*(iv) Not every (countably additive) finite (real or complex) Borel measure on , regarded as a continuous functional on , attains its norm, but it attains its norm if it is positive (up to multiplication by a constant).*

*Proof. *We first observe that, for every , there is such that . This is trivially true in the one-dimensional subspace generated by , for some linear functional on ; the requested element is the norm-preserving Hahn-Banach extension of to a functional on the whole of .

Then, for every , ; therefore , as a functional on , attains its norm. This proves part (i).

The real finitely additive finite Borel measures on a Borel space are the continuous dual of . Let and be the characteristic functions of the supports of the positive and negative parts of , respectively. Then . This proves the first half of part (ii), and it also proves parts (iii) and (iv); a real countably additive measure attains its norm if and only if it is positive (because it attains its norm only on the function , which is discontinuous unless one of its two terms vanishes), or, slightly more generally, if it is a constant multiple of a positive measure.

Let us show that an absolutely continuous measure on attains its norm as a functional on . Indeed, if for every measurable set and for some , then
In general, though, discrete non-positive measures on do not attain their norm; for instance, let be an enumeration of the rationals and let ; since is everywhere dense in , there is no *continuous* function such that , and so cannot attain its norm as a functional on .

To finish the proof, let us provide examples of continuous functionals on that are not represented by countably additive measures. Consider the closed subspace of of functions that have a finite limit for, say, . The limit is continuous on this subspace, and, by Hahn-Banach theorem, extends to a continuous functional on all of that vanishes on all compactly supported functions. Represented as a measure , this functional vanishes on all bounded sets but ; therefore is finitely but not countably additive.

*Definition 23. *For every locally function on , let be the operator on defined by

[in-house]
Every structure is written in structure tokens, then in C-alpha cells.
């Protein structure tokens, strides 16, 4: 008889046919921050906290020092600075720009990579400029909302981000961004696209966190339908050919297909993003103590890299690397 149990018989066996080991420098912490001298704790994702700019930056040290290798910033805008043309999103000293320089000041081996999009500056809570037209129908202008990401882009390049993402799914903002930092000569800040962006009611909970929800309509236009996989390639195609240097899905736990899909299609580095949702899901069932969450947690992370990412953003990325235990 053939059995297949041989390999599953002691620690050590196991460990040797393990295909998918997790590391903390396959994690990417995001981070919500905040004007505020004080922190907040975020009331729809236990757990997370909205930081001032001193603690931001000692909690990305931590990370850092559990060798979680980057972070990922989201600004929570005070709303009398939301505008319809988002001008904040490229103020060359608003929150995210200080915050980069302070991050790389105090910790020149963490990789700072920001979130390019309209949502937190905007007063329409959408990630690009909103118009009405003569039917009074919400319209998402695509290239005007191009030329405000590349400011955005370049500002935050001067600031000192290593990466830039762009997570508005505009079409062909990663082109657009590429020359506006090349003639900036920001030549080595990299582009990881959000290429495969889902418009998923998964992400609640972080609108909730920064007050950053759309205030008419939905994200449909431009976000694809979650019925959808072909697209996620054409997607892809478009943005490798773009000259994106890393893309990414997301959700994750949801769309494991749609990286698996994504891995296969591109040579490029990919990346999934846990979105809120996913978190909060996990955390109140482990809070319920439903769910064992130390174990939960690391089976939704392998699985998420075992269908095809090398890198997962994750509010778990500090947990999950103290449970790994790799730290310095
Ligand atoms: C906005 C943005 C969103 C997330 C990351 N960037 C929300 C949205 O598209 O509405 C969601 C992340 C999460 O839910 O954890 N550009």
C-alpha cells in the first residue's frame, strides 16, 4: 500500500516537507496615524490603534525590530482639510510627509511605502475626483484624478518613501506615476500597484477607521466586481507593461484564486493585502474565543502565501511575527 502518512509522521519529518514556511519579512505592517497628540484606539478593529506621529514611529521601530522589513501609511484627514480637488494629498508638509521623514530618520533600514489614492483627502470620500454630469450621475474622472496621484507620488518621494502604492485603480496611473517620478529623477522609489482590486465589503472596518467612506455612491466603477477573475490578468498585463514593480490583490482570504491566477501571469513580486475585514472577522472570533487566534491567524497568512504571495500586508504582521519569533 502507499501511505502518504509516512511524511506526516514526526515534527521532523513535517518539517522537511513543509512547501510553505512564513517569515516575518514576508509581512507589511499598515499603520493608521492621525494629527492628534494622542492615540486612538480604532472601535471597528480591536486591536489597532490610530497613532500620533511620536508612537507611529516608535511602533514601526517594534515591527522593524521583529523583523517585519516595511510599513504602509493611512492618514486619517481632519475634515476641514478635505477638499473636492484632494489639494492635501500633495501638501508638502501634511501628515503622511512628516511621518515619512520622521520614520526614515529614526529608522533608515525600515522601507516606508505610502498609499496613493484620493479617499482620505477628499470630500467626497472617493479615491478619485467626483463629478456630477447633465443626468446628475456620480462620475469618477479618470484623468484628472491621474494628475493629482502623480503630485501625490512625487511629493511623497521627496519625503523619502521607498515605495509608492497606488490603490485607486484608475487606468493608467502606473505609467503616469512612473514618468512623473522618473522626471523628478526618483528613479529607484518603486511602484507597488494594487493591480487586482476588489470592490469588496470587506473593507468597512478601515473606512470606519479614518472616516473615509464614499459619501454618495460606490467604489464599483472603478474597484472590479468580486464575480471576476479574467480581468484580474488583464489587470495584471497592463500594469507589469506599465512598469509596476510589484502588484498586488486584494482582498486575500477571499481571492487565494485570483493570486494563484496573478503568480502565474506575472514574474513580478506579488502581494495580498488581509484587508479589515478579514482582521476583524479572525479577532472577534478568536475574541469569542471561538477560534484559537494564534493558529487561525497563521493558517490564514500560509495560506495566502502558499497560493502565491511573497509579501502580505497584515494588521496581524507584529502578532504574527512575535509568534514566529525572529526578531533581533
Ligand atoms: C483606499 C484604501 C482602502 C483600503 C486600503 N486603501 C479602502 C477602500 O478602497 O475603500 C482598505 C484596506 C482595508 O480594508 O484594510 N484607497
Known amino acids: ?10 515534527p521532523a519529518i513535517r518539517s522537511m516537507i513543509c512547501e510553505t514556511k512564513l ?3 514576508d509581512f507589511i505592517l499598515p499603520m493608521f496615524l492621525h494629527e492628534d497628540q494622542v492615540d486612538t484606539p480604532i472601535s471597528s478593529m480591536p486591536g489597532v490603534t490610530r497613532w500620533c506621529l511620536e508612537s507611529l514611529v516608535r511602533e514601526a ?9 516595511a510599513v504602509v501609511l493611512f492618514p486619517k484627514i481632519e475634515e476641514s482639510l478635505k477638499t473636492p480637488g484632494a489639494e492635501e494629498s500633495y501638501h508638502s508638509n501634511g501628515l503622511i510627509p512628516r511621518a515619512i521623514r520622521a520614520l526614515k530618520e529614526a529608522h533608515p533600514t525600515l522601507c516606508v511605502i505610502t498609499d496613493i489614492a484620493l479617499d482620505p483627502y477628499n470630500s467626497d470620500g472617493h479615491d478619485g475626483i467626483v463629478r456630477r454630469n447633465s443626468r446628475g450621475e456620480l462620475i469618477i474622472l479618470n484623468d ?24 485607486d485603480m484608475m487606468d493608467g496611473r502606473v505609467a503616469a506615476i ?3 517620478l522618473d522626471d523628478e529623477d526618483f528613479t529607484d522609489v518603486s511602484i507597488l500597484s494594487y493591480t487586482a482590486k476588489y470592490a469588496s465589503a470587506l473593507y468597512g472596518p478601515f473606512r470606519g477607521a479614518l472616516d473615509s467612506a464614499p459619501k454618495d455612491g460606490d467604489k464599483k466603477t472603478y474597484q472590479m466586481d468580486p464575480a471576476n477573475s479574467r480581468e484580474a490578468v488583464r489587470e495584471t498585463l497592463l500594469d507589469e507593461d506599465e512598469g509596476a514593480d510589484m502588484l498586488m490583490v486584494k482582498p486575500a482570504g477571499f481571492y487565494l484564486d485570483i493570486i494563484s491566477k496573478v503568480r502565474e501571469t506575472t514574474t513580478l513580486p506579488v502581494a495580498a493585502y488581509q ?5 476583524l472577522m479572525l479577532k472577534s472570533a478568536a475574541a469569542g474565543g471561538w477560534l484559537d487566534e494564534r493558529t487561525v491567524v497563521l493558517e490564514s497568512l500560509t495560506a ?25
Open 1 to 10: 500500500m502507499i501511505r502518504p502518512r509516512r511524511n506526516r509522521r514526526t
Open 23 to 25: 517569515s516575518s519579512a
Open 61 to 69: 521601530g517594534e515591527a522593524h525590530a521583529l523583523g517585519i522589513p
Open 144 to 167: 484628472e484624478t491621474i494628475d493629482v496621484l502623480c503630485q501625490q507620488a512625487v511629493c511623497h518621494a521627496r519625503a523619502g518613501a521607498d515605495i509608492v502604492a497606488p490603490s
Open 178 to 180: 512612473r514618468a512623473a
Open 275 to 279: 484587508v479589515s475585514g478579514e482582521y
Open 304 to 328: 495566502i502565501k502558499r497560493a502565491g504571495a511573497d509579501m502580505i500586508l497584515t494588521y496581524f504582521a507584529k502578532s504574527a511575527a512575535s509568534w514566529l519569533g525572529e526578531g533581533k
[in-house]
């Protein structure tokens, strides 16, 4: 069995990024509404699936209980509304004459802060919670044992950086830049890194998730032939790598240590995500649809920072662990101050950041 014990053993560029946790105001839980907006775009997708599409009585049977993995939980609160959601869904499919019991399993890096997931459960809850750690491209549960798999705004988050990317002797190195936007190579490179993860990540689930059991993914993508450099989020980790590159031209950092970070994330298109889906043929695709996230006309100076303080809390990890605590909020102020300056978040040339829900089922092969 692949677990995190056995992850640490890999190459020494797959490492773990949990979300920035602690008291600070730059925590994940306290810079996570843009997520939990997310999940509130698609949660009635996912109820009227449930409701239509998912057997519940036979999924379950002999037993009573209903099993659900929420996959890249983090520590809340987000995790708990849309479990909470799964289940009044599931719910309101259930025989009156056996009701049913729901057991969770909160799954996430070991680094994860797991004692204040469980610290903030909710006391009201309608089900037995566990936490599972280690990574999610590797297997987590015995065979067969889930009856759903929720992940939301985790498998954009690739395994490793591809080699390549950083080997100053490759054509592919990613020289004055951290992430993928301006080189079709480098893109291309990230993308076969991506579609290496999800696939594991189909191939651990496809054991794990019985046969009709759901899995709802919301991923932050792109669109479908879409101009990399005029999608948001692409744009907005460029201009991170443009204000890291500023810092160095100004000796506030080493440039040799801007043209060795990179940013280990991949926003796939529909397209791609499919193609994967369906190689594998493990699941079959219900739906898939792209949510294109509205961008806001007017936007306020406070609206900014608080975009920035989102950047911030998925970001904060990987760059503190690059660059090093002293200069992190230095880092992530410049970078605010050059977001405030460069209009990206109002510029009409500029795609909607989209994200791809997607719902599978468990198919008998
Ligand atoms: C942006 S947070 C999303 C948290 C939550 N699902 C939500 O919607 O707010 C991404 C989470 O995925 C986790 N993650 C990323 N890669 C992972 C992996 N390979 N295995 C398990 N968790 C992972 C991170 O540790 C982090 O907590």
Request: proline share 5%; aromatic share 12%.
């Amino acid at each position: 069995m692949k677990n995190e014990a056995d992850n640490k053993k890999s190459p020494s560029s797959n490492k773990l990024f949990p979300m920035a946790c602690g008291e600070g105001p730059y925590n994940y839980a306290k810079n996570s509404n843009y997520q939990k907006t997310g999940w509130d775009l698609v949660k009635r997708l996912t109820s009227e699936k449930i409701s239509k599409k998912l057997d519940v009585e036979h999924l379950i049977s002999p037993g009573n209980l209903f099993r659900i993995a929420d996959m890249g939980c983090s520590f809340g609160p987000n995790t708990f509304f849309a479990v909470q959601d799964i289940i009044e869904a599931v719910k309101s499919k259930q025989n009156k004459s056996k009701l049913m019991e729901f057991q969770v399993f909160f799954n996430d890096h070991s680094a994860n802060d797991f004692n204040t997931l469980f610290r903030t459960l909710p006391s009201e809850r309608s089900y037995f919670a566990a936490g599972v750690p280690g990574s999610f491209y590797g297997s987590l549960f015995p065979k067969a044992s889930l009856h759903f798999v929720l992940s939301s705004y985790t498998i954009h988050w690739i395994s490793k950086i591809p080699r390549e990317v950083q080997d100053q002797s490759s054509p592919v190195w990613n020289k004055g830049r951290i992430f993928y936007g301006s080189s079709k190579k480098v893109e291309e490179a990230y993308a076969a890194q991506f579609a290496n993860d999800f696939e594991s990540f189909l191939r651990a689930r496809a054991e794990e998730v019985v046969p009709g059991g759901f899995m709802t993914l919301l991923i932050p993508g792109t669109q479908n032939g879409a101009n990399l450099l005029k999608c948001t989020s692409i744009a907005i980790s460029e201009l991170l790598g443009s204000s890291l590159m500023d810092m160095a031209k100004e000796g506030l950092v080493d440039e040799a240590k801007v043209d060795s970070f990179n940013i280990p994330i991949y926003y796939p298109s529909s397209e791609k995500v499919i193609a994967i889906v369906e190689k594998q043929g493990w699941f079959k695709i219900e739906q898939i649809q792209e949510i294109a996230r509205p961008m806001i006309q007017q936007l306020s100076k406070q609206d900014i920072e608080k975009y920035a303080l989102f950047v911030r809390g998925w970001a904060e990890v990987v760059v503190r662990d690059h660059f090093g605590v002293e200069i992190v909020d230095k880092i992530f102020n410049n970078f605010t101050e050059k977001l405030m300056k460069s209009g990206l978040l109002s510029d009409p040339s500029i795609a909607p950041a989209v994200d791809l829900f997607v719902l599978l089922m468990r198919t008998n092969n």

if , and otherwise (here as usual, for , , we write ).

Lemma 24. *If are conjugate indices, and on an interval (or a measurable subset of ). Then and . Moreover, the operator is the inverse of .*

*Proof. *If , one has , because implies that , and so .

Finally, if , then
again because .

Proposition 25. *Let be conjugate indices, let be a -additive finite Borel measure on and . If is the average operator introduced in Definition 6 and is the functional defined on by
**
then is continuous on , and
*

*Proof. *The first inequality follows from Hölder’s inequality, because

If , by Lemma 24 one has , , and . Therefore
This is the second inequality of the statement.

*Definition 26. *Denote by the subset of of all functions of norm 1, by the Cartesian product , and by its Stone-Čech compactification.

Lemma 27. *For and define the weighted mean operator on as
**
Then is an isometric isomorphism from to and therefore also from to . In particular, the -subspace of that consists of real valued functions is isometrically isomorphic to the spaces of real valued functions in and .*

*Proof. *Observe again that, since , one has hence ; that is, . Therefore Lemma 24 shows that if (notation as in Definition 23), then
This yields an inequality between the two norms:
Let us prove the converse inequality. Observe that, again by Hölder’s inequality (86) for every one has
This and (84) imply that
Hence
This proves the converse inequality. The last statement follows from the fact that every continuous and bounded function on has a unique continuous extension on the Stone-Čech compactification, and the extension is an isometry (see [20, Chapter 6]).

Corollary 28 (the dual of ). *The space of continuous functionals on , , is isometrically isomorphic to the space of countably additive regular finite Borel measure on and to the space of finitely additive regular finite Borel measures on , in the sense that every functional can be uniquely written as